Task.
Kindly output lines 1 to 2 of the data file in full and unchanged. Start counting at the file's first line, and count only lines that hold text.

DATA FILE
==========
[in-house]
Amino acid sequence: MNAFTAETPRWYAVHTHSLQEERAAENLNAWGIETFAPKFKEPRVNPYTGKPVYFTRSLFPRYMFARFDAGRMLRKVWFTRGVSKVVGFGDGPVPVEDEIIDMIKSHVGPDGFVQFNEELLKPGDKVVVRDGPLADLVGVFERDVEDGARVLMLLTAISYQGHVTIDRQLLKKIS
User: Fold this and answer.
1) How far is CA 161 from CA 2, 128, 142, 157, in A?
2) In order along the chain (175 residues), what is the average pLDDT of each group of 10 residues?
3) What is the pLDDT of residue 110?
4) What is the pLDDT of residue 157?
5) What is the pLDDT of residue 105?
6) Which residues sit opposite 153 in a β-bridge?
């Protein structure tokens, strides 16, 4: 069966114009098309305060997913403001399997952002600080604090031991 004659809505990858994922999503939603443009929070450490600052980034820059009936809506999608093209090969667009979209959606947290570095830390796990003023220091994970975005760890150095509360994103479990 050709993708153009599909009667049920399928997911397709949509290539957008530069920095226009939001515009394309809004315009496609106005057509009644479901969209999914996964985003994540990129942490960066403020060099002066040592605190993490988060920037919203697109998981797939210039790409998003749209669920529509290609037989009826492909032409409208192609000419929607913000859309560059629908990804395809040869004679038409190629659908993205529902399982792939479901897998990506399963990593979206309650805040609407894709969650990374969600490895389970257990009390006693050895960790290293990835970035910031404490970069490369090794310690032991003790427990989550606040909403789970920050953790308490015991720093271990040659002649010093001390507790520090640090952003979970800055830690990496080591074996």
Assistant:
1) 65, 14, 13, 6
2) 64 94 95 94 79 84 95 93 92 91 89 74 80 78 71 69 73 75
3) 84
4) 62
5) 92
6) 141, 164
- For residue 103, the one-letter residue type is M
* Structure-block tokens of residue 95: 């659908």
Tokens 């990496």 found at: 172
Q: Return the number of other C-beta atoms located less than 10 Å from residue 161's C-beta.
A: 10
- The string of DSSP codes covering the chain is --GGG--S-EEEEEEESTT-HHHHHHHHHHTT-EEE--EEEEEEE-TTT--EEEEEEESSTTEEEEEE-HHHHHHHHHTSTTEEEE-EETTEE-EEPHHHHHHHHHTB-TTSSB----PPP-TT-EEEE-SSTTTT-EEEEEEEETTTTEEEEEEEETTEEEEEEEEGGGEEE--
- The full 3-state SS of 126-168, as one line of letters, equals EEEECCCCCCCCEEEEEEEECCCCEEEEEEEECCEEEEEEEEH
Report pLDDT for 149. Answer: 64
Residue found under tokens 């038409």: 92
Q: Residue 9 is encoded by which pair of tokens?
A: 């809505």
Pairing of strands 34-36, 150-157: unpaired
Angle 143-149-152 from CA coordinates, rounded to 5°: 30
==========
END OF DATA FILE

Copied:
[in-house]
Amino acid sequence: MNAFTAETPRWYAVHTHSLQEERAAENLNAWGIETFAPKFKEPRVNPYTGKPVYFTRSLFPRYMFARFDAGRMLRKVWFTRGVSKVVGFGDGPVPVEDEIIDMIKSHVGPDGFVQFNEELLKPGDKVVVRDGPLADLVGVFERDVEDGARVLMLLTAISYQGHVTIDRQLLKKIS